Monthly Archives: May 2007


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Internet offers many opportunities and possibilities for developers with imagination. Today, most search engines and specialized sites count with API’s to access their data from other software, sites, devices… Today I’m going to show you a dirty example of how this apis can benefit your program. In less of ten lines of code (someone intelligent would have done it in less) I will add an Icon to a jButton with an image stored in the net. To do this I will use yahoo’s Image Search API, documentation can be found here. For demonstration purposes I will use the YahooDemo applicationId, […]

Dynamic icons for your JComponents // Create an icon JButton ...


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When working with tables, it may be useful to detect selection changes. If for example, you need to sum the values of a specified column in a selection range, this method will be most essential. If you explore the available methods to add listeners to a JTable, you will notice there’s no such thing as a selectionListener. This is because the JTable has its own selection model, where you can add the listener. The following code illustrates the way to go to add a selection listener: [crayon-59ebb6701043f847248025/]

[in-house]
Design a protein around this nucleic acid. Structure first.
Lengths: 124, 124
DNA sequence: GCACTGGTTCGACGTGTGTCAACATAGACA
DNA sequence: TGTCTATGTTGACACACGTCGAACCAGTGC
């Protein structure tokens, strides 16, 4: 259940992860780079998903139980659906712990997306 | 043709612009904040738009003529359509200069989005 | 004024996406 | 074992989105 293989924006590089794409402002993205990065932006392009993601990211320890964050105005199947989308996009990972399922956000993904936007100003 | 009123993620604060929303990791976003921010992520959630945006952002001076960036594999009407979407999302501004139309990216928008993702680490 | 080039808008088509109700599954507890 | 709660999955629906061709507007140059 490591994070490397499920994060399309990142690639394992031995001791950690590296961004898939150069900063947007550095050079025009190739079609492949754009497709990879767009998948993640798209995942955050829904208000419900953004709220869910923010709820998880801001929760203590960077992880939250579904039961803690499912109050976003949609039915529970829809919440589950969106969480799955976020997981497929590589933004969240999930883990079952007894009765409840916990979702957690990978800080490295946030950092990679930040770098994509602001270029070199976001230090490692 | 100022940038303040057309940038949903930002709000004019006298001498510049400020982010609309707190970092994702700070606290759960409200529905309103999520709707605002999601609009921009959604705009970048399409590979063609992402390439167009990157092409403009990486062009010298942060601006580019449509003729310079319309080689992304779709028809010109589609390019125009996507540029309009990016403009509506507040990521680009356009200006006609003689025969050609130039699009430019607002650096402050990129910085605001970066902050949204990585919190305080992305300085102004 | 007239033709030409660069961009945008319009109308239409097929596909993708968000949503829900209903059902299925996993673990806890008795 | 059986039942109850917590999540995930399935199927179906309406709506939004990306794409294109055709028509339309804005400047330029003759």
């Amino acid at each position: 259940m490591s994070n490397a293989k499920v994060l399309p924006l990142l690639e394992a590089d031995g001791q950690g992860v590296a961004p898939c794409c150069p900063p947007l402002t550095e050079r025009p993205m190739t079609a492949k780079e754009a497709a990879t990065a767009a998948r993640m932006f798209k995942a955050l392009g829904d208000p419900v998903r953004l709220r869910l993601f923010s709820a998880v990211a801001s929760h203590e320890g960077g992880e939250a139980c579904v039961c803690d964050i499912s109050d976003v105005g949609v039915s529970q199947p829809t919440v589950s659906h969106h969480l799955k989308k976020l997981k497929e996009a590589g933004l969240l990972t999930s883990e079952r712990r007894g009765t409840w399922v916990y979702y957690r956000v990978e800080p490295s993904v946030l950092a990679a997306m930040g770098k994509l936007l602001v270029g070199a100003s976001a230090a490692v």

JTable, detecting selection changes // ListSelectionListener /*Selection Changed ...


When developing user interfaces for management software you usually need to check what the user inputs in order to store the values in a database or a file. Java offers different alternatives to parse a String (normally the way user inputs values to the system) to other data types. The class SimpleDateFormat from the package java.text offers a simple method to do this. You just have to call parse(String youDate) in order to get a java.util.Date. Following you can find some code which explains this method and some of its particularities: [crayon-59ebb670106d1956780904/]

SimpleDateFormat to check user date input // parsing String to ...



When printing reports or casting Strings to Numbers, it’s very useful to use the DecimalFormat class found in java.text. This class is pretty straightforward and easy to use, but some problems may be found when your work with this class in computers from other countries. Internationalization will cause your program to behave in a way you may not expect in some cases. If you use this class to parse a number to a String, you may find that when a user enters a number in a french computer you will be getting a ParseException, because the computer is expecting different symbols. […]

Numbers to Strings with custom symbols // DecimalFormat – DecimalFormatSymbols